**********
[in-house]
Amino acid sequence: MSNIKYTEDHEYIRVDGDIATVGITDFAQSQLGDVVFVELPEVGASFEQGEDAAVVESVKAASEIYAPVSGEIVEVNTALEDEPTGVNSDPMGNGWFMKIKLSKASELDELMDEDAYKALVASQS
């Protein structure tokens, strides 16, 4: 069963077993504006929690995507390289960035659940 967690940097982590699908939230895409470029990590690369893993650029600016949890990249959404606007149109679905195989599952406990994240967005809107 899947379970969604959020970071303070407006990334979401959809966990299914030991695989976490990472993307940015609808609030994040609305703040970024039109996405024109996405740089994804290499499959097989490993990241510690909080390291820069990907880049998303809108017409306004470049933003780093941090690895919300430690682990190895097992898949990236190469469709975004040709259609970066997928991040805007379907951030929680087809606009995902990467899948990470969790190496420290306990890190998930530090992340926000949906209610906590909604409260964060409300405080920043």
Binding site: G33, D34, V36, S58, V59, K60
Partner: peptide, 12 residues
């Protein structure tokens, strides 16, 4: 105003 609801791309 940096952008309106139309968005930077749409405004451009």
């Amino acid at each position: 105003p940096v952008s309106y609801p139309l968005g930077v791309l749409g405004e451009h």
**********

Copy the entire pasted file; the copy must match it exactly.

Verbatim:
[in-house]
Amino acid sequence: MSNIKYTEDHEYIRVDGDIATVGITDFAQSQLGDVVFVELPEVGASFEQGEDAAVVESVKAASEIYAPVSGEIVEVNTALEDEPTGVNSDPMGNGWFMKIKLSKASELDELMDEDAYKALVASQS
């Protein structure tokens, strides 16, 4: 069963077993504006929690995507390289960035659940 967690940097982590699908939230895409470029990590690369893993650029600016949890990249959404606007149109679905195989599952406990994240967005809107 899947379970969604959020970071303070407006990334979401959809966990299914030991695989976490990472993307940015609808609030994040609305703040970024039109996405024109996405740089994804290499499959097989490993990241510690909080390291820069990907880049998303809108017409306004470049933003780093941090690895919300430690682990190895097992898949990236190469469709975004040709259609970066997928991040805007379907951030929680087809606009995902990467899948990470969790190496420290306990890190998930530090992340926000949906209610906590909604409260964060409300405080920043």
Binding site: G33, D34, V36, S58, V59, K60
Partner: peptide, 12 residues
């Protein structure tokens, strides 16, 4: 105003 609801791309 940096952008309106139309968005930077749409405004451009």
């Amino acid at each position: 105003p940096v952008s309106y609801p139309l968005g930077v791309l749409g405004e451009h």